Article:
For many people, a will provides the simplest way to document their wishes about how their property should be distributed upon their deaths. Many people fail to appreciate the importance of having a will, despite the difficulties to which not having one can lead for the people who rely on you for financial support. If you pass away without a will, the law considers you intestate and your property that is not in a trust or other account where it passes automatically to a joint owner will be distributed according to Colorado’s intestate succession law.
Under intestate succession, this property will pass to your closest relatives or your spouse and children. If you have none, then your parents will receive the property. The line of succession continues to other relatives if you have no children and your parents are deceased.
The Purpose of a Will
A will contains your instructions about who should receive your property after you pass away. A validly executed will is also the only way for you to nominate a guardian for your minor children if your children’s other parent passes away before or at the same time as you.
You can leave property to your beneficiaries outright, with no strings attached, or via a trust. You can create that trust while you are still alive (a “living trust”) or according to instructions in the will (a “testamentary trust”). Correctly titling assets to a living trust allows your loved ones to avoid probate, whereas leaving assets to a testamentary trust does not.
If you die without a will, you will have no say over how your property gets distributed or who will be in charge of making those decisions after you pass away. You also won’t have any say over who becomes the guardian of your minor children. You should consult with wills lawyer Dan McKenzie regarding what you can include in your will and what you cannot.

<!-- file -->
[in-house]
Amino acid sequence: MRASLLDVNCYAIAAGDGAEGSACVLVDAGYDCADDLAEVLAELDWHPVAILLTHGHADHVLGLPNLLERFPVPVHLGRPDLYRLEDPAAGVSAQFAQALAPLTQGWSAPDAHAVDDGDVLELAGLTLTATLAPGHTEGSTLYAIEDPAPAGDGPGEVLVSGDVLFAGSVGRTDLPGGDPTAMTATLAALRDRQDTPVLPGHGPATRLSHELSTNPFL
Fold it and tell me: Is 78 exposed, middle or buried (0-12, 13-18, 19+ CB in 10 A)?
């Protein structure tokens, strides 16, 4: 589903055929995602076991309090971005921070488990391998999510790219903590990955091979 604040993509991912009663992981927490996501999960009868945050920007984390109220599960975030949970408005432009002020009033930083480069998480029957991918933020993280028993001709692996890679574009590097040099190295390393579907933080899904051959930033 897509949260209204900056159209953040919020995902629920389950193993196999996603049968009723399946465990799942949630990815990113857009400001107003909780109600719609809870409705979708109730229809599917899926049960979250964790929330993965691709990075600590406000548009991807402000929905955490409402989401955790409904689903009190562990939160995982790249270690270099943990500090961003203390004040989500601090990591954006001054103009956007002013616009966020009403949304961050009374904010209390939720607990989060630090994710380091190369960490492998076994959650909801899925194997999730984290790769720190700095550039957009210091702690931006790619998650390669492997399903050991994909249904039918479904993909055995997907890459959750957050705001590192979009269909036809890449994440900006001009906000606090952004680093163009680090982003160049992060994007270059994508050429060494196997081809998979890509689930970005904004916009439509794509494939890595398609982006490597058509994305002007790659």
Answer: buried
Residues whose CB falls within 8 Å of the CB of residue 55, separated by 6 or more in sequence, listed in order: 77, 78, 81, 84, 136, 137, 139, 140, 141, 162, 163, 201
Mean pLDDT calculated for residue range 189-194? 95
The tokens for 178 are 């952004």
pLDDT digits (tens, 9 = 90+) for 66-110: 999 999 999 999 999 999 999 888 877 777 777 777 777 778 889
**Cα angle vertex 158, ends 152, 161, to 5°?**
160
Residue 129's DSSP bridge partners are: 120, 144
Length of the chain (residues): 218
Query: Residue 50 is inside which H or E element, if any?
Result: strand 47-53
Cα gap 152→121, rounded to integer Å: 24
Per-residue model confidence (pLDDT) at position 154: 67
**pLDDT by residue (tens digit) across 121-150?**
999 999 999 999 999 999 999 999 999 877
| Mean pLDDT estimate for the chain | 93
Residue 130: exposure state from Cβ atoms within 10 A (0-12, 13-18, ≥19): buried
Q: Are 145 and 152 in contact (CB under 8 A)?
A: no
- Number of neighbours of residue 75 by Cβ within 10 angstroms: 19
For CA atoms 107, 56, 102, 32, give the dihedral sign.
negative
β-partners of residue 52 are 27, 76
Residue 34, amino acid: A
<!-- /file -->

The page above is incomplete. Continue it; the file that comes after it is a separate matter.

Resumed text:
Requirements for a Valid Will
Although you can draft your own will, having a Denver wills lawyer do it for you is recommended. State law requires that your will be signed in front of two disinterested witnesses and that those witnesses sign the will as well. We highly recommend that you get all three signatures notarized. If anyone questions the validity of the will, the notarization provides legal proof that the will was properly witnessed.
If the will is not notarized and someone questions whether it was properly witnessed, the witnesses may need to be located so that they can testify in court that they did witness and sign the document. Locating witnesses and getting them to court to testify can be a substantial difficulty if the will is even just a few years old.
Occasionally a disgruntled relative will challenge a will. Will disputes usually center upon these issues:
- The will was not validly signed by two witnesses
- The witnesses to the will cannot be located to confirm that they witnessed the will signing and that it was done correctly
- The decedent (also sometimes referred to as the testator) is alleged to have lacked the requisite mental capacity to enter into the will
- A spouse or child was disinherited and wants to claim a testamentary share under state law
- The personal representative is violating his or her fiduciary duties to act in the best interests of all the beneficiaries.
- The decedent was unduly influenced by one of the beneficiaries, or executed the will under duress
If a dispute arises, you will need the services of Dan McKenzie, a Colorado wills lawyer. Disputes can drain an estate of its assets and can be emotionally trying for all involved. We can discuss the issues involved and attempt to bring the parties together to resolve them informally through compromise if necessary. An impartial mediator can be brought in to listen to the issues and offer recommendations for a resolution. If the parties are too entrenched in their respective positions to reach an agreement, they can submit their dispute to binding arbitration in lieu of a court trial. You should have Denver Wills lawyer Dan McKenzie representing you at the arbitration to ensure that you follow the proper evidentiary rules and protocol.
As a last resort, a probate court may need to hear the case and determine the validity of the will and the testator’s intent.
You can avoid potential disputes, determine if your estate will be eligible to take advantage of the streamlined informal probate process, and learn about other estate planning methods by consulting with Dan McKenzie of the McKenzie Law Firm, located in Denver. Mr. McKenzie has been advising clients on wills and estate planning for over 10 years and has earned the trust and confidence of countless clients. Call his office today if you need to draft or update a will, or if you have any other estate planning questions.